Investors’ cautious stance ahead of key economic announcements through this week left the benchmarks languishing in the red. Investors are apprehensive about what the central bank has to say about economic measures after its two-day policy meet concludes on Wednesday. Separately, the European Central Bank’s meeting is scheduled on Thursday, and its outcome gained importance after Mario Draghi pledged last week to do “whatever it takes” to keep the euro-zone intact. Nonfarm payroll data is also slated for release this week.
The Dow Jones Industrial Average (:DJI) dropped 0.5% and closed at 13,008.68. The Standard & Poor 500 (S&P 500) was down 0.4% and finished yesterday’s trading session at 1,379.32. The tech-laden Nasdaq Composite Index slipped 0.2% to end at 2,939.52. The fear-gauge CBOE Volatility Index (:VIX) gained 5% to settle at 18.93. Consolidated volumes on the New York Stock Exchange, the Nasdaq and the American Stock Exchange were 6.5 billion shares, lower than this year’s daily average of 6.74 billion. Decliners dominated advancing stocks on the NYSE; as for 57% stocks that declined, 39% stocks ended higher.
Markets had no major headlines to guide them through the day. What affected investors’ mood were their hopes and apprehensions about the outcome of the central banks’ meet on both sides of the Atlantic and key jobs data. Investors had renewed hopes about a third round of quantitative easing (QE3) and a bagful of dismal economic readings strengthened those hopes.
Federal Reserve Chairman Ben Bernanke has been critical about the state of the economy in his latest congressional testimony in July. He noted that the pace of improvement in unemployment remains “frustratingly slow”. He had also mentioned: “It may be possible that we will take additional action if we conclude we are not making progress towards higher levels of employment”. Therefore, QE3 hopes were kept alive and investors have now adopted a wait and watch stance as the two-day policy meet of the Federal Reserve’s policy makers concludes on Wednesday.
Meanwhile, the government is due to report nonfarm payroll data on Friday. Investors are keen to see what state the labor market is in. The report will follow initial claims data to be released by the Labor department on Thursday. In the previous report, the advance figure for seasonally adjusted initial claims had dropped 35,000 for the week ending July 21.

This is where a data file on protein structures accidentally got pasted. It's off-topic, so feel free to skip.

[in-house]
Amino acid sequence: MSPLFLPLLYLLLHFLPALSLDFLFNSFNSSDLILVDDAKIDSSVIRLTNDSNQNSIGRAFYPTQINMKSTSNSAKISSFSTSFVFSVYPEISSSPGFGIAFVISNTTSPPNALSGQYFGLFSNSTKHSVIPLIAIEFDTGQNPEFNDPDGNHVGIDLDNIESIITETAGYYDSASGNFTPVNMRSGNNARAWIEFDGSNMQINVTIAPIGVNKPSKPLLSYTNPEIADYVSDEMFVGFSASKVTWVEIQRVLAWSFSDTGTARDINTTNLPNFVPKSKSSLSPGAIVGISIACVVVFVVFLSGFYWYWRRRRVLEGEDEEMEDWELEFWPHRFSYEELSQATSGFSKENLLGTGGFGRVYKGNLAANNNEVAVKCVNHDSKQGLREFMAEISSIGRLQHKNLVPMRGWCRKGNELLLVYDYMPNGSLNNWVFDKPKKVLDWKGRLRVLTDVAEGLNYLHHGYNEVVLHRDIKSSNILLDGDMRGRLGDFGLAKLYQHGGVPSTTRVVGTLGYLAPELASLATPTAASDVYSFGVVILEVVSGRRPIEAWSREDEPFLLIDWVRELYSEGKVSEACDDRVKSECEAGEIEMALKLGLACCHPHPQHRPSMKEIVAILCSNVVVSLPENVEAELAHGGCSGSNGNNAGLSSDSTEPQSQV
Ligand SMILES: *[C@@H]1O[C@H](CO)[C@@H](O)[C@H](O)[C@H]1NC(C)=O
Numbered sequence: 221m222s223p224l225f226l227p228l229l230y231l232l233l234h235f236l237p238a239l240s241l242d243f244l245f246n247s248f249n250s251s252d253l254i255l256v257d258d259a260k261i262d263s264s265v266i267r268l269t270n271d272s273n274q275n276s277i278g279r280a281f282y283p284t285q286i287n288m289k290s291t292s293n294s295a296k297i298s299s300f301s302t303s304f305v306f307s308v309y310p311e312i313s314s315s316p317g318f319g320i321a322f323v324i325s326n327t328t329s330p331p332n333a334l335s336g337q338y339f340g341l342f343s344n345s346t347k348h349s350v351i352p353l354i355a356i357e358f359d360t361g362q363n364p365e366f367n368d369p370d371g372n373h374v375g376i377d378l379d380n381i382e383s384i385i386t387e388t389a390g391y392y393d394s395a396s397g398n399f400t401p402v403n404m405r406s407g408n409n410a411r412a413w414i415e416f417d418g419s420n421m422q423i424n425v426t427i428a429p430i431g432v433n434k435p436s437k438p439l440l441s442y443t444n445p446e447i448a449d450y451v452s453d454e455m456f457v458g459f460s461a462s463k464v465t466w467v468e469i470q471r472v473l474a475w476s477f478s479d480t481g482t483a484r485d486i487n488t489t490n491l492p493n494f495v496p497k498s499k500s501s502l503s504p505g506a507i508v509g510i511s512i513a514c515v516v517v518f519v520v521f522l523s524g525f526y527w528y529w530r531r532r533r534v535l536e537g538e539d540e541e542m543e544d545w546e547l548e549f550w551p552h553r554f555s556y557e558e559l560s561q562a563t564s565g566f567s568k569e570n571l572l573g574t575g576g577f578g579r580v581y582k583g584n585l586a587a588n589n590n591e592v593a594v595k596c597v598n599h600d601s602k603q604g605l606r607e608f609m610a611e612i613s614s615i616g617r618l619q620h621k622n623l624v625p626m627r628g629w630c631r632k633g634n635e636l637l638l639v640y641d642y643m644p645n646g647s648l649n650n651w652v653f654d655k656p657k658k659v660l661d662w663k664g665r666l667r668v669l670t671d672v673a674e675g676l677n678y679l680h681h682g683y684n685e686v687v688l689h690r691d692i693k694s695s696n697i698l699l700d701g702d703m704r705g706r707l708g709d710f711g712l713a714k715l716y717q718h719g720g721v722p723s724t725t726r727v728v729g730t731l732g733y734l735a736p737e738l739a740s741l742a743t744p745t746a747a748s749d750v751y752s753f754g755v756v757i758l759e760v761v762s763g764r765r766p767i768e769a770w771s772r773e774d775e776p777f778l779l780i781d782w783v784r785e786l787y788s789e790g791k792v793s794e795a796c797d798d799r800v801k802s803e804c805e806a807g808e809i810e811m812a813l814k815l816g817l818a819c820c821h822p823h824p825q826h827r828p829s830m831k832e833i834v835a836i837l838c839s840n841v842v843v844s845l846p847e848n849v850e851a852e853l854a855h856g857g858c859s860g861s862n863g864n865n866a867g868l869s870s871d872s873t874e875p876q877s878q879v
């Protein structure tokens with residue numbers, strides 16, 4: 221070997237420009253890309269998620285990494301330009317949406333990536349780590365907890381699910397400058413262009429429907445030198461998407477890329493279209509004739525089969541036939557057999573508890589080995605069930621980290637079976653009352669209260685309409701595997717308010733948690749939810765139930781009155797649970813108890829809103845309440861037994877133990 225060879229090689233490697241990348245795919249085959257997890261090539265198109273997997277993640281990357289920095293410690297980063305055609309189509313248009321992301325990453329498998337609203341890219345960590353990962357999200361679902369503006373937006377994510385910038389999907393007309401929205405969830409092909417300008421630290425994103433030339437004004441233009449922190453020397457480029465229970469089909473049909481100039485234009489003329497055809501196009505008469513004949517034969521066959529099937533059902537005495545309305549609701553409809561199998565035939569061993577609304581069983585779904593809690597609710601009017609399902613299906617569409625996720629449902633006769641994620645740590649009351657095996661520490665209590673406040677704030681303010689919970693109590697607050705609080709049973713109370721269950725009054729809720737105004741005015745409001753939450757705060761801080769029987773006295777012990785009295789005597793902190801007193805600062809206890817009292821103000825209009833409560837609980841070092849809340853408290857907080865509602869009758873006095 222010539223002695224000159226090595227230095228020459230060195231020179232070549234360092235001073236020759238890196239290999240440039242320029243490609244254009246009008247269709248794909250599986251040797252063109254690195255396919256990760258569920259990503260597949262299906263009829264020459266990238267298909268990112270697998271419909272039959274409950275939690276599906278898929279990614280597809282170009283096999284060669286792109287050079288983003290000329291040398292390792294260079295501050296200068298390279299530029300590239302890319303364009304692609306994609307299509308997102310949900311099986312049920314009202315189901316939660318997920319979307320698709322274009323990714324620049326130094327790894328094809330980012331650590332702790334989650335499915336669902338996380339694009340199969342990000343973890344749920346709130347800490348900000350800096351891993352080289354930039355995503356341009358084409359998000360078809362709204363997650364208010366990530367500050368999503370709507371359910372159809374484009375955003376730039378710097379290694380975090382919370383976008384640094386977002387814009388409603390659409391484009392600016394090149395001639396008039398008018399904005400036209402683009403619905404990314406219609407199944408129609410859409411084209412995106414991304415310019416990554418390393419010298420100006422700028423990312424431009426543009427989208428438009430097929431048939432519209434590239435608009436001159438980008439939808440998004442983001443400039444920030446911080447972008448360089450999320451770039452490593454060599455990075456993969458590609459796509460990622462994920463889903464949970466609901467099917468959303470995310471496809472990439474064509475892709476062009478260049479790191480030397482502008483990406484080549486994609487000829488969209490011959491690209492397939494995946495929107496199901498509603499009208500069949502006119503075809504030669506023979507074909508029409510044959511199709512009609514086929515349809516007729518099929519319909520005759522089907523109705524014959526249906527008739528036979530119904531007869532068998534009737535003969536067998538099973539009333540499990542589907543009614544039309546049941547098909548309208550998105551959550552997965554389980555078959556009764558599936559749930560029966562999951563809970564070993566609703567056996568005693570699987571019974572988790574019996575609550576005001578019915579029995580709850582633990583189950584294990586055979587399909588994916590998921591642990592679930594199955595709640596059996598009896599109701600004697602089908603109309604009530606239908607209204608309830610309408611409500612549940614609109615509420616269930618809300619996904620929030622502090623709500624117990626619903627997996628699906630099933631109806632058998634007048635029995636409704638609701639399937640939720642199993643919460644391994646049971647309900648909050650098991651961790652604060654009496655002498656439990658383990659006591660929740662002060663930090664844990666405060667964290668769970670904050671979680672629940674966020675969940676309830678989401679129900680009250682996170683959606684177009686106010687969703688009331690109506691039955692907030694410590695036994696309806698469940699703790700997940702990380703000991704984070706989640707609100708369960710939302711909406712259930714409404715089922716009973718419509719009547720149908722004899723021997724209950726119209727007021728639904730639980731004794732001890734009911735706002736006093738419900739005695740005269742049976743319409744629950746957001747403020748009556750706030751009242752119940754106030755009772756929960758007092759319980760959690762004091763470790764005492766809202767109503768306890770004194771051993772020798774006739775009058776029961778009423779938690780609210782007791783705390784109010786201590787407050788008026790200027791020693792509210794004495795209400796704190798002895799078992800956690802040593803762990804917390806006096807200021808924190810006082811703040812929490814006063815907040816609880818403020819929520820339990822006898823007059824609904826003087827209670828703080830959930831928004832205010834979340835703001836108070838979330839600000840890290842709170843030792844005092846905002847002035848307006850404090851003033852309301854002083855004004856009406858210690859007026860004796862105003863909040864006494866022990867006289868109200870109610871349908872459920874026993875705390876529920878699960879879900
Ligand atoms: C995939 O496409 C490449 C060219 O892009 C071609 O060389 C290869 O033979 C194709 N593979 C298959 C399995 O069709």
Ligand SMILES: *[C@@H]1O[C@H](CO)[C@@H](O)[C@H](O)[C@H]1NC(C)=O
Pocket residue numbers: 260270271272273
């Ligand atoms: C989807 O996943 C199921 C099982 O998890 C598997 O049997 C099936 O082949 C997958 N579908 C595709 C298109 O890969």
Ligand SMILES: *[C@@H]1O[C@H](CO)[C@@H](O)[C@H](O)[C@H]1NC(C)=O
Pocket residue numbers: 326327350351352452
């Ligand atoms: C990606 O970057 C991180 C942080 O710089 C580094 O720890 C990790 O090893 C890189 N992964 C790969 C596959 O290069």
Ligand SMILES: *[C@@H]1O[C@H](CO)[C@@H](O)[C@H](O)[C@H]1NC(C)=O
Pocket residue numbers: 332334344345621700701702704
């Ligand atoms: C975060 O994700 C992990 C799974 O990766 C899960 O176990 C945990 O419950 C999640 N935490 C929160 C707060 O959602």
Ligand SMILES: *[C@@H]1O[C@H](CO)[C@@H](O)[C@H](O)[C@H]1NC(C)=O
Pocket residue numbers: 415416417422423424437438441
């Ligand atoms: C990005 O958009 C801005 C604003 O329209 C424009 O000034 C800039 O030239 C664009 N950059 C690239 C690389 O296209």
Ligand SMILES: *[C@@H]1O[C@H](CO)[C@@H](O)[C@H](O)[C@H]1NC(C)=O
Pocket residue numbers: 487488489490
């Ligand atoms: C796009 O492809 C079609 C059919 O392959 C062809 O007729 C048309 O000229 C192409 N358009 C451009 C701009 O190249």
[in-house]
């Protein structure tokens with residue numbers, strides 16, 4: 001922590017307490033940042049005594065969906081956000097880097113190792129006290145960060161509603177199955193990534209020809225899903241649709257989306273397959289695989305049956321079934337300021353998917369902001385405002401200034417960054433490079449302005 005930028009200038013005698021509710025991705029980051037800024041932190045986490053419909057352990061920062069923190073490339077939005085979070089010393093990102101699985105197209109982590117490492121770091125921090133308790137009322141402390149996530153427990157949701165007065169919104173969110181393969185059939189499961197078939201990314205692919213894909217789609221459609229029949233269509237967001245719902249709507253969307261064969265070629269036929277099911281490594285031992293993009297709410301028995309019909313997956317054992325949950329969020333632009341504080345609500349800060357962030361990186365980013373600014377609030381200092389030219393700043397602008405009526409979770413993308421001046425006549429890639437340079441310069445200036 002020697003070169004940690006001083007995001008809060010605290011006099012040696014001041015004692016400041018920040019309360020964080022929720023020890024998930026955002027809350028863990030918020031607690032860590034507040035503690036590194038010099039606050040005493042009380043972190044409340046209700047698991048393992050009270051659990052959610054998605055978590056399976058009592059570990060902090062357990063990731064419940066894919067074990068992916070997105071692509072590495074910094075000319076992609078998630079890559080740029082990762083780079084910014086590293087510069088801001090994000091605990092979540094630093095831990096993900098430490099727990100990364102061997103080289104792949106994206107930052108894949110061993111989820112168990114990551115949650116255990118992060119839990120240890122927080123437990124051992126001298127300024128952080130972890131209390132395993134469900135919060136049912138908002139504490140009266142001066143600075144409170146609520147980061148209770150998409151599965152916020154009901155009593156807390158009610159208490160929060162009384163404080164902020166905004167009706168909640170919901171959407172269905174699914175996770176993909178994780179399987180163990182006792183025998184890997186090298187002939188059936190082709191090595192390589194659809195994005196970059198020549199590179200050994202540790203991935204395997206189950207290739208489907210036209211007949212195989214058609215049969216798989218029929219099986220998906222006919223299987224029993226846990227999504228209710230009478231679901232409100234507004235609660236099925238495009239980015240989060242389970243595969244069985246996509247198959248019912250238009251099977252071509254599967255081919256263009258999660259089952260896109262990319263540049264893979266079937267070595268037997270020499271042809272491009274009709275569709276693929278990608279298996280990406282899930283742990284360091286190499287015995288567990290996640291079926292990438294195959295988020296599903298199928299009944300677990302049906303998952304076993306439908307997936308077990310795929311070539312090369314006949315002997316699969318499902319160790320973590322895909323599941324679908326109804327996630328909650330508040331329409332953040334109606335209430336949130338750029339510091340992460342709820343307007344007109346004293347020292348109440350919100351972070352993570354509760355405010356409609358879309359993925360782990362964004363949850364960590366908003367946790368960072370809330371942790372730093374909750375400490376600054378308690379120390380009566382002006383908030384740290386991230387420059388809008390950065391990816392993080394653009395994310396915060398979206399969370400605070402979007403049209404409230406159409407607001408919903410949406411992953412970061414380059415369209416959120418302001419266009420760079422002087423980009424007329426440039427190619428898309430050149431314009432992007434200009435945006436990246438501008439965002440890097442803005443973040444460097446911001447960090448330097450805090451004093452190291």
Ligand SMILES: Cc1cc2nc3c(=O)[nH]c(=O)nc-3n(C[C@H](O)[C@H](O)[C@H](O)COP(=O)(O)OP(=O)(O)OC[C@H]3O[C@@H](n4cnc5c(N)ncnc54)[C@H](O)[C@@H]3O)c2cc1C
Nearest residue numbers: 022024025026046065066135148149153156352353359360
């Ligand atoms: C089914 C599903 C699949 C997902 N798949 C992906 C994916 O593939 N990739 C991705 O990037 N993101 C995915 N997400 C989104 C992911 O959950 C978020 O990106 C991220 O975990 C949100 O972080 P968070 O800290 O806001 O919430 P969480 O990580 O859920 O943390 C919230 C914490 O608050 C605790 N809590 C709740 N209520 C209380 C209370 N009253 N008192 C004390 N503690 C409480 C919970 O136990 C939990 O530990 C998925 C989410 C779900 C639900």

Apart from what is slated for release this week, yesterday the Conference Board reported an increase in Consumer Confidence Index. The index rebounded from a decline in June to rise to 65.9 in July. This was significantly higher than consensus estimates of 61.9 and June’s reading of 62.7. Also, the Expectations Index was up to 79.1 in July from 73.4 in June. However, Lynn Franco, Director of Economic Indicators at The Conference Board, noted: "Despite this month's improvement in confidence, the overall Index remains at historically low levels. Consumers' attitude regarding current conditions was little changed in July, but their short-term expectations, which had declined last month, bounced back”.
In tune with the decline in broader markets, the retail sector, that reflects consumer spending, also ended in the red. The SPDR S&P Retail (XRT) was down 0.6% and stocks including Macy's, Inc. (NYSE:M), Saks Inc (NYSE:SKS), Dillard's, Inc. (NYSE:DDS), The Bon-Ton Stores, Inc. (NASDAQ:BONT), Wal-Mart Stores, Inc. (NYSE:WMT), PriceSmart, Inc. (NASDAQ:PSMT) and Family Dollar Stores, Inc. (NYSE:FDO) declined 2.2, 1.6%, 2.4%, 0.8%, 0.7%, 1.1% and 0.9%, respectively.
On the other side of the pool, ECB President Mario Draghi’s vow will now be put to the test as an ECB meeting in scheduled for Thursday. Investors now await concrete action or at least a plan arising out of Mario Draghi’s comments last week to do “whatever it takes” to keep the Euro-zone intact. He had also sparked off hopes that the central bank would buy Spanish and Italian bonds. Reportedly, Mr. Draghi had commented: “While it will take another few days or even weeks to finalize the device in question, the ECB would prepare an operation coordinated with the states may limit the surge in interest rates of Spain, but also the Italy”. However, Germany is against these measures. Investors are thus keen awaiting the next development in this connection and their wait and watch attitude restricted them from betting big.
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